A Swimskin top generally comes with a zipper at the back which provides a wide opening and makes it easy to put on as well.
Similarly, the wetsuit also has a back zipper option. However, it comes with an added option which is the front zip wetsuit.
Interestingly, some find the latter to be more convenient while choosing between front zip or back zip wetsuits. It’s because of its more comfortable neck, ease of access, less chance of flushing, and a more snug fit.
The swimskin triathlon sets are mostly available in sleeveless versions, however, you’ll get the short-sleeved ones as well. And for both these, you’ll find them going down to the knees after wearing them.
On the other hand, the wetsuits are available in both the full-sleeved and sleeveless versions. The full-sleeved ones make the best choice due to added coverage and buoyancy.
Swimskin Vs Wetsuit: Which one to buy?
Swimskin and wetsuit have different sets of advantages and are used in different conditions as well.
But are they worth it? Yes, they’re. Check out their advantages below to find out why.
Advantages of Swimskin: Why You Should Buy It
Swimskin doesn’t offer much warmth or buoyancy but it offers some great benefits. What are those? Let’s find out.
Swimskin offers excellent compression allowing the swimmer to keep up to the hydrodynamics and the speed while swimming through water.
Smoothes Out Contours:
It smoothes out the contours of your race kit and body. So the swimmer has to exert minimal effort to glide through the water.
Reduces Drag & Friction:
This suit makes your body smaller and smoother. As a result, it reduces the frontal drag as well as the friction created by the race kit against water, hence, increasing the speed.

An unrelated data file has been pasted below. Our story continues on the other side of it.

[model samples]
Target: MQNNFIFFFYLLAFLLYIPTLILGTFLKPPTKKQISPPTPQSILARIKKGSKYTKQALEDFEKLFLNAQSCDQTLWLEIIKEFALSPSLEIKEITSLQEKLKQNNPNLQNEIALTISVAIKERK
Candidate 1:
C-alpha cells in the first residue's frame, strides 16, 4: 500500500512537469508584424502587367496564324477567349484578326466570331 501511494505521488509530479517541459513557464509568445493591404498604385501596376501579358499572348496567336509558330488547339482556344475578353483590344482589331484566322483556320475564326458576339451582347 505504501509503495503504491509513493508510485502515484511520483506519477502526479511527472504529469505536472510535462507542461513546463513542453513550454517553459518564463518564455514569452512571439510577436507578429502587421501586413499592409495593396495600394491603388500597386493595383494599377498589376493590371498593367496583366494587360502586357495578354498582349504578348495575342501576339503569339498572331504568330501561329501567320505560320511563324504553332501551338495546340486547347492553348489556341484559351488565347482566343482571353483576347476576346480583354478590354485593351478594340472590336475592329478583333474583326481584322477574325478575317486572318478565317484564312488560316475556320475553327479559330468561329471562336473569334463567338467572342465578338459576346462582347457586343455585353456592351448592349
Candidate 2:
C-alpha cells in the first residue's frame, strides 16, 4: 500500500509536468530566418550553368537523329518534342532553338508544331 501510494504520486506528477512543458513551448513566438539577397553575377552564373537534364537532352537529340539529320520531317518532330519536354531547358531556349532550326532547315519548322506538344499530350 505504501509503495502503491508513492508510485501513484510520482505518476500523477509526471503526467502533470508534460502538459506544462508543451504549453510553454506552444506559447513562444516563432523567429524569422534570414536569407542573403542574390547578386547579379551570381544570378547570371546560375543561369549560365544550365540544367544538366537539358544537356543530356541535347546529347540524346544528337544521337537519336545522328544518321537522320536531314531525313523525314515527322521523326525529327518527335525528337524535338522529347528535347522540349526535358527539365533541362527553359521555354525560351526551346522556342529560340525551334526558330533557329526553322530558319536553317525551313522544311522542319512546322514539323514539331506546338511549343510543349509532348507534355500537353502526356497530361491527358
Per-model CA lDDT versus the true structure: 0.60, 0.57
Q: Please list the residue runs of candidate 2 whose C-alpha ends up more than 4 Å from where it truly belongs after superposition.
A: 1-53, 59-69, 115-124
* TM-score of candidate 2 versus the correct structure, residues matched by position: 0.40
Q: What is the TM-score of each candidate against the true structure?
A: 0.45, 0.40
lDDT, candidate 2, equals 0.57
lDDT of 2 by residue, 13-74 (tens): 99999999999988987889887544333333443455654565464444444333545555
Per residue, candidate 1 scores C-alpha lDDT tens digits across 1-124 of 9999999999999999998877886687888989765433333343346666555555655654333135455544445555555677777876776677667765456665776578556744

It boosts performance as well. A pool test conducted by the U.S Olympic Swimming Team suggests that the swimskin can save around 2 seconds per 100 yards on an average compared to the regular training suits.
Advantages of Wetsuit: Why You Should Buy It
The wetsuit has some great advantages over regular triathlon racing and swimming suits. Let’s take a look at some of these here.
The wetsuit keeps the swimmer warm by trapping water between the suit and skin. So it retains heat and helps the wearer avoid the low-temperature body condition called hypothermia.
Neoprene (the fabric used in wetsuits) greatly enhances floatation or buoyancy. It holds the swimmer higher in the water, helping to get good results with less effort.
Reduces Drag & Friction:
Wetsuit keeps the body tighter. As a result, it helps reduce the performance-lowering friction & drag to a great extent.
Boosts Performance:Wetsuit increases buoyancy, speed, and hence the overall performance. In a test conducted by the U.S. Olympic Swimming Team, it says that the wetsuit shaves off around 6 seconds per 100 yards compared to the regular training suits
Neoprene Synthetic Rubber
75F or higher pool temperature
75F or less pool temperature
Compression, reduced drag, and speed
Front and Back
Sleeveless or short-sleeves
Full-sleeved or sleeveless
If you’ve more questions, check out the followings to have them answered!
Does a swimskin keep you warm?
Since swimskin adds little to no warmth and is supposed to be used in warm races, it doesn’t need to provide additional warmth.
What do you wear under a swimskin?
You generally wear a tri-suit under a swimskin for non-wetsuit races.
Do wetsuits keep you warm in cold water?
Yes, they do. In fact, they’re designed to trap air and provide insulation. So that you stay warm and protected from cold water.
Do you float in a wetsuit?
Yes, you do for its buoyancy property. But not as much as you’ll float in a life jacket.
How should I figure out between the swimskin vs tri suit?
Well, it’s easy. Tri suit is what is worn for all three events of the triathlon, whereas the swimskin is the suit worn for swimming races only.
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Time to conclude things up. So let’s summarize what we can make out of this swimskin vs wetsuit comparison?
Apart from the warm races or sanctioned triathlons, it’s the wetsuit that you should be buying without hesitation. And you should know why from the discussion so far.
But for warm or non-wetsuit races, a swim skin suit will be the best option to buy. So both have their own reasons to be chosen.
We hope the article has helped you make the right decision